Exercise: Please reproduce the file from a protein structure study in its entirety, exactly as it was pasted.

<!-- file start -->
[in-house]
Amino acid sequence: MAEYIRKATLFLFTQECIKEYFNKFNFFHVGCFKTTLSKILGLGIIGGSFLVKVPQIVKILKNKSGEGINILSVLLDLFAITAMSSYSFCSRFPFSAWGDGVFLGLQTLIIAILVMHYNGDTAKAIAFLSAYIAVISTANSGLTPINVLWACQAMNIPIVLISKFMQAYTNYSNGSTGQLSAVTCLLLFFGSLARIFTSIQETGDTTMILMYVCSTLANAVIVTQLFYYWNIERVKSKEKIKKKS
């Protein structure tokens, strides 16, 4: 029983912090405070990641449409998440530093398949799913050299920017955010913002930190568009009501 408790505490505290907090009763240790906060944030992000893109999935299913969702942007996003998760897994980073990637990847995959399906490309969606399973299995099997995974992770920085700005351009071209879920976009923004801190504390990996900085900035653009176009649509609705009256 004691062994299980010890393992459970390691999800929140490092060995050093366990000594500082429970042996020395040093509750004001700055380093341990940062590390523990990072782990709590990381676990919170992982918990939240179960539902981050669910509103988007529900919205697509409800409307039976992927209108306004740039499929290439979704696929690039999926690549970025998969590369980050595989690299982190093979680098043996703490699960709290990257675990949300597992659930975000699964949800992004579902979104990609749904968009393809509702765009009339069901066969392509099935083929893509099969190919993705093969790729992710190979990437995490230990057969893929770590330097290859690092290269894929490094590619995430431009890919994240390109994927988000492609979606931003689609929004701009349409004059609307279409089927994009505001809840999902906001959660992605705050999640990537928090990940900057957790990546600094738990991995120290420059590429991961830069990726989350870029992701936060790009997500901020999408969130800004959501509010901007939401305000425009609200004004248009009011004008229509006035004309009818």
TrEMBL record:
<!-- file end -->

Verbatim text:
[in-house]
Amino acid sequence: MAEYIRKATLFLFTQECIKEYFNKFNFFHVGCFKTTLSKILGLGIIGGSFLVKVPQIVKILKNKSGEGINILSVLLDLFAITAMSSYSFCSRFPFSAWGDGVFLGLQTLIIAILVMHYNGDTAKAIAFLSAYIAVISTANSGLTPINVLWACQAMNIPIVLISKFMQAYTNYSNGSTGQLSAVTCLLLFFGSLARIFTSIQETGDTTMILMYVCSTLANAVIVTQLFYYWNIERVKSKEKIKKKS
């Protein structure tokens, strides 16, 4: 029983912090405070990641449409998440530093398949799913050299920017955010913002930190568009009501 408790505490505290907090009763240790906060944030992000893109999935299913969702942007996003998760897994980073990637990847995959399906490309969606399973299995099997995974992770920085700005351009071209879920976009923004801190504390990996900085900035653009176009649509609705009256 004691062994299980010890393992459970390691999800929140490092060995050093366990000594500082429970042996020395040093509750004001700055380093341990940062590390523990990072782990709590990381676990919170992982918990939240179960539902981050669910509103988007529900919205697509409800409307039976992927209108306004740039499929290439979704696929690039999926690549970025998969590369980050595989690299982190093979680098043996703490699960709290990257675990949300597992659930975000699964949800992004579902979104990609749904968009393809509702765009009339069901066969392509099935083929893509099969190919993705093969790729992710190979990437995490230990057969893929770590330097290859690092290269894929490094590619995430431009890919994240390109994927988000492609979606931003689609929004701009349409004059609307279409089927994009505001809840999902906001959660992605705050999640990537928090990940900057957790990546600094738990991995120290420059590429991961830069990726989350870029992701936060790009997500901020999408969130800004959501509010901007939401305000425009609200004004248009009011004008229509006035004309009818």
TrEMBL record: